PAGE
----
Peter Schrager at Fox Sports has published an early look at the 2012 draft and projects that the Seahawks will be picking first overall. You can sense the level of excitement encompassing Seattle at the prospect of Stanford’s Andrew Luck being the face of the franchise. Let’s take a step back for a minute here.
The Seahawks are probably not going to be picking first overall. I cannot stress enough how difficult it is to ‘earn‘ the opportunity to have the first pick in a draft. I would argue it’s probably as difficult to be the worst team in the NFL as it is to be the best and win the Super Bowl. For starters, you’re looking at a record in the 0-2 wins category. Carolina chose Cam Newton last Thursday following a 2-14 season. The year before, St. Louis took Sam Bradford after a one-win campaign and prior to that Detroit went 0-16. Miami took Jake Long a few months after going 1-15.
I appreciate that the Seahawks face a troublesome schedule in 2011 if the league year goes ahead as planned and questions remain at quarterback, but are they really going to win just one or two games? In the NFC West?
Of course not.
As if to further stress how difficult it is, Buffalo appeared to be a lock for the #1 pick after a woeful start to the 2010 season. They managed a modest improvement and it was enough to end up picking third overall. The 2008 Seahawks were systematically awful, picking up injuries galore in Mike Holmgren’s final season with the team. Koren Robinson was the team’s ‘X-factor’ on offense with Seneca Wallace supplying the bullets. That year a team in the NFC West went to the Super Bowl (Arizona). Despite all of that, they won enough games to pick fourth overall.
Being a bad football team will make it very easy to pick in the top ten. To be the worst team in the NFL takes a special kind of bad.
The Seahawks will add a veteran quarterback whenever free agency opens, almost certainly one of Carson Palmer or Matt Hasselbeck. I doubt they will pay the first round compensation for Kevin Kolb because the gamble using unspecified picks will define the Pete Carroll era. Even if the option is Hasselbeck and he plays as erratically as he did at times in 2010, it’s not going to be enough to pick first overall. Let me run down the starting quarterbacks who played a significant role for the last four teams that had the first overall pick:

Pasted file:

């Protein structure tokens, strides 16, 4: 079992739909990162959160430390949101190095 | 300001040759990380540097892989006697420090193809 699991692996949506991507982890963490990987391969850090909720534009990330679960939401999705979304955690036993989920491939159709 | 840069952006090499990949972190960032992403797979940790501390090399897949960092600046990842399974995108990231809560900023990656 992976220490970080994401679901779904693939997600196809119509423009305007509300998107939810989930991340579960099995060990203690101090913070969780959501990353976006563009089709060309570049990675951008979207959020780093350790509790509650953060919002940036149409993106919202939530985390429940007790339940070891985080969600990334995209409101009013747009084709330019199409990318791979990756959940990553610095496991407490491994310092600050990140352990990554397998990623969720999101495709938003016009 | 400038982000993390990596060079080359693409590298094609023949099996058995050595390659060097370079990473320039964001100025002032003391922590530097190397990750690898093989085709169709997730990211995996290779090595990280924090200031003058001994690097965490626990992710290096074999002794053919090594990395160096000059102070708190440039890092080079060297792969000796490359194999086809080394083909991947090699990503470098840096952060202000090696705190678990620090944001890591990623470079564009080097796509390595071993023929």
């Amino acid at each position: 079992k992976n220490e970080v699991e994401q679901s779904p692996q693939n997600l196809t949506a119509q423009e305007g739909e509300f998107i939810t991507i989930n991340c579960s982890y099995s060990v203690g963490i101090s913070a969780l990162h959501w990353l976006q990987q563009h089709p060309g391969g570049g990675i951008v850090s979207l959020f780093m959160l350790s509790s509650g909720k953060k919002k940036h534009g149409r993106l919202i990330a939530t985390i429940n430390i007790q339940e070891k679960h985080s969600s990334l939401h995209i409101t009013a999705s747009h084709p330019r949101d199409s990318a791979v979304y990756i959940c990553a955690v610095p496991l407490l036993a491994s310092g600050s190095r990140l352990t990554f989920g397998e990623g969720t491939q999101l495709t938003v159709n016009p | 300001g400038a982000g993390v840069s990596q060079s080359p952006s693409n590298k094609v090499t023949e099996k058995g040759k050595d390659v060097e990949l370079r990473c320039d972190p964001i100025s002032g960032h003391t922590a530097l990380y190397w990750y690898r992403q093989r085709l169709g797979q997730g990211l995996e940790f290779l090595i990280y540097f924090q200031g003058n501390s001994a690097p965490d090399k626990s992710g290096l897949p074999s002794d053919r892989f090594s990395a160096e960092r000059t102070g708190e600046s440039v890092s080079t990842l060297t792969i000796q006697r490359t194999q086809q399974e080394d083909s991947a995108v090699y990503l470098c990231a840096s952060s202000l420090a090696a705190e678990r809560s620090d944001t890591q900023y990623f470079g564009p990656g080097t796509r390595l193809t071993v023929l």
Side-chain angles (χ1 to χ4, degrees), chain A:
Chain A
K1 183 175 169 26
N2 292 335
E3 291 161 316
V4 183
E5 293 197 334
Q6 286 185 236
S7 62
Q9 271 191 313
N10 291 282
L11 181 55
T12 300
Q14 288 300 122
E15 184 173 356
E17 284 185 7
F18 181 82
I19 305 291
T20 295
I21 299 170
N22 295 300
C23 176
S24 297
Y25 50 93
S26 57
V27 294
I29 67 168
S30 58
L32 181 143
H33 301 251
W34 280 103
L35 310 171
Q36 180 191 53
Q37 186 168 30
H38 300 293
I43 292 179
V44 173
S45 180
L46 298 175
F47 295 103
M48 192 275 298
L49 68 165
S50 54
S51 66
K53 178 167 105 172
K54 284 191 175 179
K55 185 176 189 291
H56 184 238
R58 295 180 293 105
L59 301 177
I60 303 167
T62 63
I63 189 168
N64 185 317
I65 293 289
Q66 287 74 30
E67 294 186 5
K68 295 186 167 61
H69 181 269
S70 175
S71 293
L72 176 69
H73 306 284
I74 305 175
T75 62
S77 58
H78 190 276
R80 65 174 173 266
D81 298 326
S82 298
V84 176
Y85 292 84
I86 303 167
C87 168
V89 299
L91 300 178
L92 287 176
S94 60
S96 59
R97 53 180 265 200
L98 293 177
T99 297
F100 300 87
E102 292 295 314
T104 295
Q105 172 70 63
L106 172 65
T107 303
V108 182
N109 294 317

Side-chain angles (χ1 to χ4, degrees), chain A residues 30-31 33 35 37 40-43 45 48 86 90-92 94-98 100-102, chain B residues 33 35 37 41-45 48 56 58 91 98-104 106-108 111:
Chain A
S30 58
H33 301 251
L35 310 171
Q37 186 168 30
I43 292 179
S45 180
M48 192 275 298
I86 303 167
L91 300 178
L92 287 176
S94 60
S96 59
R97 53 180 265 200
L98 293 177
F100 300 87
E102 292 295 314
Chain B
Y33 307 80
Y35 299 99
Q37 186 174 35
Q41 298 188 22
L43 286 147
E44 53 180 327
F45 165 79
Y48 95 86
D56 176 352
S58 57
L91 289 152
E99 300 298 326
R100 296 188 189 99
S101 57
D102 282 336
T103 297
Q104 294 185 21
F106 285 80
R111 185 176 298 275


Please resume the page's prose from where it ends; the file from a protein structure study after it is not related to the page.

Carolina – Matt Moore & Jimmy Clausen
St. Louis - Keith Null & Kyle Boller
Detroit – Dan Orlovsky & Daunte Culpepper
Miami – Cleo Lemon & John Beck
With all due respect to the names listed above, even Charlie Whitehurst is better than any of those options. If Seattle’s future veteran addition goes down with an injury are you really telling me that they’re going to capitulate to the extent that will warrant the first overall pick? I can’t see it.
I look at a team like the Washington Redskins who may have to start with one of Rex Grossman or John Beck throwing to no name receivers and wonder how they win games in the competitive NFC East. The Miami Dolphins may be set for a struggle, having not addressed the quarterback position and with a cluster of other problems such as Brandon Marshall’s health and the shambles we saw at the end of the season which makes head coach Tony Sparano close to a lame duck.
Both play in much tougher divisions than the NFC West, where games will likely be split with mediocrity reigning supreme. I hear those that point out St. Louis managed to earn the #1 pick in this division, but we really need to appreciate just how bad the Rams had to become to put themselves in that situation. It took years of neglect.
So while the prospect of Andrew Luck in Seahawk blue may pique your interest during a period with no draft talk and no free agency, I certainly don’t expect Pete Carroll’s team to become the worst in the NFL. Top ten? Maybe. First overall? That’ll take something special.